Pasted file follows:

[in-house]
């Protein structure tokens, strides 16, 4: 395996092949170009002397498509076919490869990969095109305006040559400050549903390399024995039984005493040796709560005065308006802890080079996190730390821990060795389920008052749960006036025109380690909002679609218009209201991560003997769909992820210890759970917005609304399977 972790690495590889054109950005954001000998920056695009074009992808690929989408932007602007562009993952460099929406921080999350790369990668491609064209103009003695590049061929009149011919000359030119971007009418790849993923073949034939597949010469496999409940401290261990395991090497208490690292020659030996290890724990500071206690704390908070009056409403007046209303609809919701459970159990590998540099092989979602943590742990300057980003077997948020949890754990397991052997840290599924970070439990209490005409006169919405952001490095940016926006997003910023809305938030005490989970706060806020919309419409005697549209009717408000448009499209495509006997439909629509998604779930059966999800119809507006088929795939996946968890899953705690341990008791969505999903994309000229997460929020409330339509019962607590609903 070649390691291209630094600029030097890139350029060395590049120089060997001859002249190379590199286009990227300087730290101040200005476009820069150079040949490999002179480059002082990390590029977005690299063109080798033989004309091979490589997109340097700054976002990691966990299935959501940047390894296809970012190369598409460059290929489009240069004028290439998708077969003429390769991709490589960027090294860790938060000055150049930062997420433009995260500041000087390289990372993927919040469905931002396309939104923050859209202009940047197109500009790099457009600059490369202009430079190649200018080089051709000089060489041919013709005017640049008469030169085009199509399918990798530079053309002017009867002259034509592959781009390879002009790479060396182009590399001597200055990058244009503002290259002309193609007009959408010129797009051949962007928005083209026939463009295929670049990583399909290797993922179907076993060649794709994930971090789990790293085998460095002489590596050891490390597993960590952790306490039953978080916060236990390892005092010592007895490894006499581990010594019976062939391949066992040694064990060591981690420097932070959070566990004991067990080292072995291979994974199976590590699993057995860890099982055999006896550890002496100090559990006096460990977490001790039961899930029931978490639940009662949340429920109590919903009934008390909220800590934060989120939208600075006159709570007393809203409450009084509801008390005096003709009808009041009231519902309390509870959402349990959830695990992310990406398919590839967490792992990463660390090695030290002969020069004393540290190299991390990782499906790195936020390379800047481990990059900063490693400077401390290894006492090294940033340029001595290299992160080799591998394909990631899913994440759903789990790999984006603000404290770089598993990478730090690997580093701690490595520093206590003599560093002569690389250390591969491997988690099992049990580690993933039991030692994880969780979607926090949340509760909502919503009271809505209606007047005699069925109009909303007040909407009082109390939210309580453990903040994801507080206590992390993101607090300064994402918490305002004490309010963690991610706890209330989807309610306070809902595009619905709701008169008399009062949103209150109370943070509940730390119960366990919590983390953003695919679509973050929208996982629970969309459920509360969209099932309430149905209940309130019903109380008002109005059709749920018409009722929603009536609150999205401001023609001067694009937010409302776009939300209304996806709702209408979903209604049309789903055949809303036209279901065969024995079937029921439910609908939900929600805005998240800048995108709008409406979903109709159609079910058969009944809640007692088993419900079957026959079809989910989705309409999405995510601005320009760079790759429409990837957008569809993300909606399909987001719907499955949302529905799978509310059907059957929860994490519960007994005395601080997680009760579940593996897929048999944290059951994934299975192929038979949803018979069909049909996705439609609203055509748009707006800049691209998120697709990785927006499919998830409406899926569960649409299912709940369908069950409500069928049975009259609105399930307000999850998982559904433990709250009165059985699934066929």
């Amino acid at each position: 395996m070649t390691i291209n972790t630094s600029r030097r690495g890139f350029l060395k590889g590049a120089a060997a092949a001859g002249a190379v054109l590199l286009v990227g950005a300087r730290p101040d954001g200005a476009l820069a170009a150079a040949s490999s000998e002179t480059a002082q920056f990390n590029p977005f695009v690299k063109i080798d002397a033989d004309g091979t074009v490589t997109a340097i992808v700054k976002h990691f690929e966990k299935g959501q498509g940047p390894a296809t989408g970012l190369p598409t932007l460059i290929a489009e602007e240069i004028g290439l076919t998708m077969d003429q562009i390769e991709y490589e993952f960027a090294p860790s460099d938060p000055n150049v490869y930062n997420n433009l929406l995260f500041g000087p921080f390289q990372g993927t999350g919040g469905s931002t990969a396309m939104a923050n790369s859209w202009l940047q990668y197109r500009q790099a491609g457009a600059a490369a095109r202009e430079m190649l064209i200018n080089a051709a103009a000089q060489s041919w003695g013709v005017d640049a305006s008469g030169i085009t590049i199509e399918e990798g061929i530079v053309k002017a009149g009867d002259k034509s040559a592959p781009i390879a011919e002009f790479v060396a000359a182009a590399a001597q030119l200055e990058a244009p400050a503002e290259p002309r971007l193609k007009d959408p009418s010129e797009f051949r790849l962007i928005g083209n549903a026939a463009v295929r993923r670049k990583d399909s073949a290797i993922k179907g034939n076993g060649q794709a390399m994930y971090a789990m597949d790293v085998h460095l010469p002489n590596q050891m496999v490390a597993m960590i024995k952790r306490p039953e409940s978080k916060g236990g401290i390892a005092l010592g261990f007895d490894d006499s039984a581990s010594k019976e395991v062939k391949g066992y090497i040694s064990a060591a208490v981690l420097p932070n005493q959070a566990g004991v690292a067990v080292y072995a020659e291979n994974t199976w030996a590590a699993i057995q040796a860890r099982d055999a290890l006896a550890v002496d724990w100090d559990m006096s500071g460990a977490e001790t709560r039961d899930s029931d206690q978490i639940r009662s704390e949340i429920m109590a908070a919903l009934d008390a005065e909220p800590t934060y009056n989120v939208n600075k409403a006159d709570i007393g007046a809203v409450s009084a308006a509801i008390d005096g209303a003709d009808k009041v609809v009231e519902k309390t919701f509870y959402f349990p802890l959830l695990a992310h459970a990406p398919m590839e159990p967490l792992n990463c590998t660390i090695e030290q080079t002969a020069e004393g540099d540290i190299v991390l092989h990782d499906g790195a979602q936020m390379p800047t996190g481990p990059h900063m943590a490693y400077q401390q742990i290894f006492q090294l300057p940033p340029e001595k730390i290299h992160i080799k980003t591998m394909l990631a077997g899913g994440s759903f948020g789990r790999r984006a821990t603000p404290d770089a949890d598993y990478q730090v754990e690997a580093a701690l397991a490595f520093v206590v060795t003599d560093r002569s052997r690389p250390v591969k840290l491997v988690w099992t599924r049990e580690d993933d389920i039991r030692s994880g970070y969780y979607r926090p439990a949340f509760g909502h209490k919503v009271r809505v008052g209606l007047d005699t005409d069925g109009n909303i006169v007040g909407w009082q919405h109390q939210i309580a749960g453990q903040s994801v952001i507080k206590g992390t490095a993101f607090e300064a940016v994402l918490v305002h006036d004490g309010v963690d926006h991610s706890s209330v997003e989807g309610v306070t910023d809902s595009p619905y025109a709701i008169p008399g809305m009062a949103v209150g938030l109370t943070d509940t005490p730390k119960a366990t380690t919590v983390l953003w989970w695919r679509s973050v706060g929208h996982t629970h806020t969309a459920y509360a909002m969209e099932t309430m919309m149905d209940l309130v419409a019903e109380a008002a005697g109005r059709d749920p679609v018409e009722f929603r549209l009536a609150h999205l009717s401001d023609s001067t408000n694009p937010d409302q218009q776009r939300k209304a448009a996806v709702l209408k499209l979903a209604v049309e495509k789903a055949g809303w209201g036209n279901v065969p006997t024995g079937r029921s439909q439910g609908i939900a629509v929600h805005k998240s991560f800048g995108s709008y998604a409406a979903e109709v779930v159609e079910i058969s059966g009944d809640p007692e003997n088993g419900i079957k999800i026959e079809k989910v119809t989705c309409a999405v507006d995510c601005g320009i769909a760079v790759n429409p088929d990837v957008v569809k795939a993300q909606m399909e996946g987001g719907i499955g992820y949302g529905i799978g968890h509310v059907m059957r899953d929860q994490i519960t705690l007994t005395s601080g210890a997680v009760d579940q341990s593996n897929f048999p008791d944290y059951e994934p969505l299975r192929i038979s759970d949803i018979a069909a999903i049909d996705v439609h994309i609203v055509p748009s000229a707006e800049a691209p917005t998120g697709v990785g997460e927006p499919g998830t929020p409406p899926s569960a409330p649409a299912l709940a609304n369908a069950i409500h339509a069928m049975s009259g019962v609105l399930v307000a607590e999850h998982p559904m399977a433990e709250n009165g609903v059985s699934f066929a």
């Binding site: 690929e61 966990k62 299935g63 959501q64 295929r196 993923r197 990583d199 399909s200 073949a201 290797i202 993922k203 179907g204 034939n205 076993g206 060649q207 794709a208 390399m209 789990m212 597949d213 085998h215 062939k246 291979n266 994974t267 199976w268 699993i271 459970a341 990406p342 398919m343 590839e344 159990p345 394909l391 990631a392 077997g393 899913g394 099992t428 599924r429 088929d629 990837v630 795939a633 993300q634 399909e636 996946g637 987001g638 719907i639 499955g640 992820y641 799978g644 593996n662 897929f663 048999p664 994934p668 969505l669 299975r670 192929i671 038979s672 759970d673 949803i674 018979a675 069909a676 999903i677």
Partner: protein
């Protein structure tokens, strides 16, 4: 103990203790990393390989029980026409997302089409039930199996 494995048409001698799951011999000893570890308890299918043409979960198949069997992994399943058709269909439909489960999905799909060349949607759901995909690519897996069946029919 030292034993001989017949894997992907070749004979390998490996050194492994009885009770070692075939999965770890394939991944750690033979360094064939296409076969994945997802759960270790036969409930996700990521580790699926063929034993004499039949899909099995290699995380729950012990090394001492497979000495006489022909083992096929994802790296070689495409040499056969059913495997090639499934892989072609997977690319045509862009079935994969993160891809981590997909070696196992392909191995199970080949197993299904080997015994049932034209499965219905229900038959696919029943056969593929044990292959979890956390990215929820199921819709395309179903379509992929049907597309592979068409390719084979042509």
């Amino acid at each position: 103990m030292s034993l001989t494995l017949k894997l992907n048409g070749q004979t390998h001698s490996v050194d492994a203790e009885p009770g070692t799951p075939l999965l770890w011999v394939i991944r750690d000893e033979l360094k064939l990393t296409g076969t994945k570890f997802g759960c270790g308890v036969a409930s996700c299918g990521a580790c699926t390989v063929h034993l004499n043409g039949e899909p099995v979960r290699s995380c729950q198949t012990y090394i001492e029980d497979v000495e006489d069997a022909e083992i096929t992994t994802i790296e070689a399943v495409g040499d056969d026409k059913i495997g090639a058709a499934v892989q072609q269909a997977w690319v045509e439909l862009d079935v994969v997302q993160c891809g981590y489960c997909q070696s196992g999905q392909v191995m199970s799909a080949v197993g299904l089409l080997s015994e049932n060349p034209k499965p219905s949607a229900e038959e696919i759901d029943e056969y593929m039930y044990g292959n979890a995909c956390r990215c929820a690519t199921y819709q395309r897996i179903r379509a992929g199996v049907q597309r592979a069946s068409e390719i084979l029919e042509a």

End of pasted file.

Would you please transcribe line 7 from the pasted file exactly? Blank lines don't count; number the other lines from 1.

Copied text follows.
């Amino acid at each position: 103990m030292s034993l001989t494995l017949k894997l992907n048409g070749q004979t390998h001698s490996v050194d492994a203790e009885p009770g070692t799951p075939l999965l770890w011999v394939i991944r750690d000893e033979l360094k064939l990393t296409g076969t994945k570890f997802g759960c270790g308890v036969a409930s996700c299918g990521a580790c699926t390989v063929h034993l004499n043409g039949e899909p099995v979960r290699s995380c729950q198949t012990y090394i001492e029980d497979v000495e006489d069997a022909e083992i096929t992994t994802i790296e070689a399943v495409g040499d056969d026409k059913i495997g090639a058709a499934v892989q072609q269909a997977w690319v045509e439909l862009d079935v994969v997302q993160c891809g981590y489960c997909q070696s196992g999905q392909v191995m199970s799909a080949v197993g299904l089409l080997s015994e049932n060349p034209k499965p219905s949607a229900e038959e696919i759901d029943e056969y593929m039930y044990g292959n979890a995909c956390r990215c929820a690519t199921y819709q395309r897996i179903r379509a992929g199996v049907q597309r592979a069946s068409e390719i084979l029919e042509a």